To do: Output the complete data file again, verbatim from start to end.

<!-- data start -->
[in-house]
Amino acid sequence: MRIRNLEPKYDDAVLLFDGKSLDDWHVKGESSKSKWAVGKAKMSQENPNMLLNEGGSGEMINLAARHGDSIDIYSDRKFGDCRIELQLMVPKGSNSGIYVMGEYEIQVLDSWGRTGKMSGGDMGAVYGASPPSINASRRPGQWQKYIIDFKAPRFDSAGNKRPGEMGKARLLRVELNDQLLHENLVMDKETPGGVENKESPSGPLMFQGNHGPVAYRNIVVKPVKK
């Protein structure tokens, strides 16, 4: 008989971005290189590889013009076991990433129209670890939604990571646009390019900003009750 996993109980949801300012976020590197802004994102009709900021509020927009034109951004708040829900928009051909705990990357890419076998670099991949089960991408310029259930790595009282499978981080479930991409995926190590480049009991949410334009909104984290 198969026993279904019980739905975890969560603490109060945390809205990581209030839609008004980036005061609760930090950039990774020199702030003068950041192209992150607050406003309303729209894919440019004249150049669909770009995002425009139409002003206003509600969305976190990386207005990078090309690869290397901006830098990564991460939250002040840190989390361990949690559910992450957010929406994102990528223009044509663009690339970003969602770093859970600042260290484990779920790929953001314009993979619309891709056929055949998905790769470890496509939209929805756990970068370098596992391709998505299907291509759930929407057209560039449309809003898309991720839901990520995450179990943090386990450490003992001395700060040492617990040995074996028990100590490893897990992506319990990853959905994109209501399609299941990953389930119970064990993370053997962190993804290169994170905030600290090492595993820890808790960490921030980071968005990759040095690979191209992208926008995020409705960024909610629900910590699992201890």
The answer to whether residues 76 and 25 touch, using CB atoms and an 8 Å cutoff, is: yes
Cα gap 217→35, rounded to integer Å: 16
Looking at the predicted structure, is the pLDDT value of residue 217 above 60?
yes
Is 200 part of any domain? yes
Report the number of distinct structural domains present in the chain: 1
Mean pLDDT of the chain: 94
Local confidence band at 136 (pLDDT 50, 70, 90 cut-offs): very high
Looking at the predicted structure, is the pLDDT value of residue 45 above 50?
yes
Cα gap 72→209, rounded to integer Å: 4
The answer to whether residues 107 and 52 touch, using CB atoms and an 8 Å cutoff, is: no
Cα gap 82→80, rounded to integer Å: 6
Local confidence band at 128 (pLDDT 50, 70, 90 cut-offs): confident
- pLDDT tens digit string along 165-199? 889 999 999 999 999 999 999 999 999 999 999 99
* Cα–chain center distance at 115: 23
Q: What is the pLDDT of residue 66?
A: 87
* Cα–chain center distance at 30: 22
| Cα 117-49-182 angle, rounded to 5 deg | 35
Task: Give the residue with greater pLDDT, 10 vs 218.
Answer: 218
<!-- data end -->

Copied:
[in-house]
Amino acid sequence: MRIRNLEPKYDDAVLLFDGKSLDDWHVKGESSKSKWAVGKAKMSQENPNMLLNEGGSGEMINLAARHGDSIDIYSDRKFGDCRIELQLMVPKGSNSGIYVMGEYEIQVLDSWGRTGKMSGGDMGAVYGASPPSINASRRPGQWQKYIIDFKAPRFDSAGNKRPGEMGKARLLRVELNDQLLHENLVMDKETPGGVENKESPSGPLMFQGNHGPVAYRNIVVKPVKK
């Protein structure tokens, strides 16, 4: 008989971005290189590889013009076991990433129209670890939604990571646009390019900003009750 996993109980949801300012976020590197802004994102009709900021509020927009034109951004708040829900928009051909705990990357890419076998670099991949089960991408310029259930790595009282499978981080479930991409995926190590480049009991949410334009909104984290 198969026993279904019980739905975890969560603490109060945390809205990581209030839609008004980036005061609760930090950039990774020199702030003068950041192209992150607050406003309303729209894919440019004249150049669909770009995002425009139409002003206003509600969305976190990386207005990078090309690869290397901006830098990564991460939250002040840190989390361990949690559910992450957010929406994102990528223009044509663009690339970003969602770093859970600042260290484990779920790929953001314009993979619309891709056929055949998905790769470890496509939209929805756990970068370098596992391709998505299907291509759930929407057209560039449309809003898309991720839901990520995450179990943090386990450490003992001395700060040492617990040995074996028990100590490893897990992506319990990853959905994109209501399609299941990953389930119970064990993370053997962190993804290169994170905030600290090492595993820890808790960490921030980071968005990759040095690979191209992208926008995020409705960024909610629900910590699992201890």
The answer to whether residues 76 and 25 touch, using CB atoms and an 8 Å cutoff, is: yes
Cα gap 217→35, rounded to integer Å: 16
Looking at the predicted structure, is the pLDDT value of residue 217 above 60?
yes
Is 200 part of any domain? yes
Report the number of distinct structural domains present in the chain: 1
Mean pLDDT of the chain: 94
Local confidence band at 136 (pLDDT 50, 70, 90 cut-offs): very high
Looking at the predicted structure, is the pLDDT value of residue 45 above 50?
yes
Cα gap 72→209, rounded to integer Å: 4
The answer to whether residues 107 and 52 touch, using CB atoms and an 8 Å cutoff, is: no
Cα gap 82→80, rounded to integer Å: 6
Local confidence band at 128 (pLDDT 50, 70, 90 cut-offs): confident
- pLDDT tens digit string along 165-199? 889 999 999 999 999 999 999 999 999 999 999 99
* Cα–chain center distance at 115: 23
Q: What is the pLDDT of residue 66?
A: 87
* Cα–chain center distance at 30: 22
| Cα 117-49-182 angle, rounded to 5 deg | 35
Task: Give the residue with greater pLDDT, 10 vs 218.
Answer: 218